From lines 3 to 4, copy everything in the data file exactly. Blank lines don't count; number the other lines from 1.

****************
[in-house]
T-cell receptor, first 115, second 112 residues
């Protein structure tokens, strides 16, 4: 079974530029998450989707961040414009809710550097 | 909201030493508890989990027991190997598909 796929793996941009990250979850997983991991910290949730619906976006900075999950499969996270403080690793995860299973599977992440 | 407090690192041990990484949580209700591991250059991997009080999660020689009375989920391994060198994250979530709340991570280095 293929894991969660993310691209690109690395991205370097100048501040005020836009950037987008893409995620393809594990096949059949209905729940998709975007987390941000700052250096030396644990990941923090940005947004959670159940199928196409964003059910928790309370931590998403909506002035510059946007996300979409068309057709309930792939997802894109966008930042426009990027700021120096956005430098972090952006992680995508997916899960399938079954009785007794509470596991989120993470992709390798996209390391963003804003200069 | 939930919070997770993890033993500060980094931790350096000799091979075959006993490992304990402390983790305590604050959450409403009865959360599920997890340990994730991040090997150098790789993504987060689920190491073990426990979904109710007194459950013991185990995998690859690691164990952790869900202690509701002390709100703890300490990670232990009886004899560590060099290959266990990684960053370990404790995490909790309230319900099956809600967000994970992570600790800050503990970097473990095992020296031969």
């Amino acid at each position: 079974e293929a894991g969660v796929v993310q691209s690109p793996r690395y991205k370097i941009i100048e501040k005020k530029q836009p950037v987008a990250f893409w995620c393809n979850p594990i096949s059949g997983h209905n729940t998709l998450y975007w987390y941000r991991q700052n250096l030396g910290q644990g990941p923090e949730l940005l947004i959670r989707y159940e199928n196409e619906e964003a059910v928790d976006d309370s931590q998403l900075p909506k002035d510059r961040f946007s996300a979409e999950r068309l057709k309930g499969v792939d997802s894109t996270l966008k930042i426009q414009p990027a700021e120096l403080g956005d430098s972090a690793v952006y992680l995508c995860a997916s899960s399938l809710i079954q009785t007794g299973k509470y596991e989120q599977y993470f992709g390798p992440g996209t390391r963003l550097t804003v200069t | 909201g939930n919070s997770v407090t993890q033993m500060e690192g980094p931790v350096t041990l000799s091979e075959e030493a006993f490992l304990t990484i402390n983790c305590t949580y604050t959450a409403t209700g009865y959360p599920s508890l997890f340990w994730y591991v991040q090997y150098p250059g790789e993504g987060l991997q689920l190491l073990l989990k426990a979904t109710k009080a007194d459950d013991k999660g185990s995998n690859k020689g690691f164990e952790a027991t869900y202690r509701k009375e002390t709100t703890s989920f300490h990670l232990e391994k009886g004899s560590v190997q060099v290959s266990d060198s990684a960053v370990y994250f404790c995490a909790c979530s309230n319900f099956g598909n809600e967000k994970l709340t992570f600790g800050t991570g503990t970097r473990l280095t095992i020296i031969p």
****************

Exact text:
């Protein structure tokens, strides 16, 4: 079974530029998450989707961040414009809710550097 | 909201030493508890989990027991190997598909 796929793996941009990250979850997983991991910290949730619906976006900075999950499969996270403080690793995860299973599977992440 | 407090690192041990990484949580209700591991250059991997009080999660020689009375989920391994060198994250979530709340991570280095 293929894991969660993310691209690109690395991205370097100048501040005020836009950037987008893409995620393809594990096949059949209905729940998709975007987390941000700052250096030396644990990941923090940005947004959670159940199928196409964003059910928790309370931590998403909506002035510059946007996300979409068309057709309930792939997802894109966008930042426009990027700021120096956005430098972090952006992680995508997916899960399938079954009785007794509470596991989120993470992709390798996209390391963003804003200069 | 939930919070997770993890033993500060980094931790350096000799091979075959006993490992304990402390983790305590604050959450409403009865959360599920997890340990994730991040090997150098790789993504987060689920190491073990426990979904109710007194459950013991185990995998690859690691164990952790869900202690509701002390709100703890300490990670232990009886004899560590060099290959266990990684960053370990404790995490909790309230319900099956809600967000994970992570600790800050503990970097473990095992020296031969």
């Amino acid at each position: 079974e293929a894991g969660v796929v993310q691209s690109p793996r690395y991205k370097i941009i100048e501040k005020k530029q836009p950037v987008a990250f893409w995620c393809n979850p594990i096949s059949g997983h209905n729940t998709l998450y975007w987390y941000r991991q700052n250096l030396g910290q644990g990941p923090e949730l940005l947004i959670r989707y159940e199928n196409e619906e964003a059910v928790d976006d309370s931590q998403l900075p909506k002035d510059r961040f946007s996300a979409e999950r068309l057709k309930g499969v792939d997802s894109t996270l966008k930042i426009q414009p990027a700021e120096l403080g956005d430098s972090a690793v952006y992680l995508c995860a997916s899960s399938l809710i079954q009785t007794g299973k509470y596991e989120q599977y993470f992709g390798p992440g996209t390391r963003l550097t804003v200069t | 909201g939930n919070s997770v407090t993890q033993m500060e690192g980094p931790v350096t041990l000799s091979e075959e030493a006993f490992l304990t990484i402390n983790c305590t949580y604050t959450a409403t209700g009865y959360p599920s508890l997890f340990w994730y591991v991040q090997y150098p250059g790789e993504g987060l991997q689920l190491l073990l989990k426990a979904t109710k009080a007194d459950d013991k999660g185990s995998n690859k020689g690691f164990e952790a027991t869900y202690r509701k009375e002390t709100t703890s989920f300490h990670l232990e391994k009886g004899s560590v190997q060099v290959s266990d060198s990684a960053v370990y994250f404790c995490a909790c979530s309230n319900f099956g598909n809600e967000k994970l709340t992570f600790g800050t991570g503990t970097r473990l280095t095992i020296i031969p």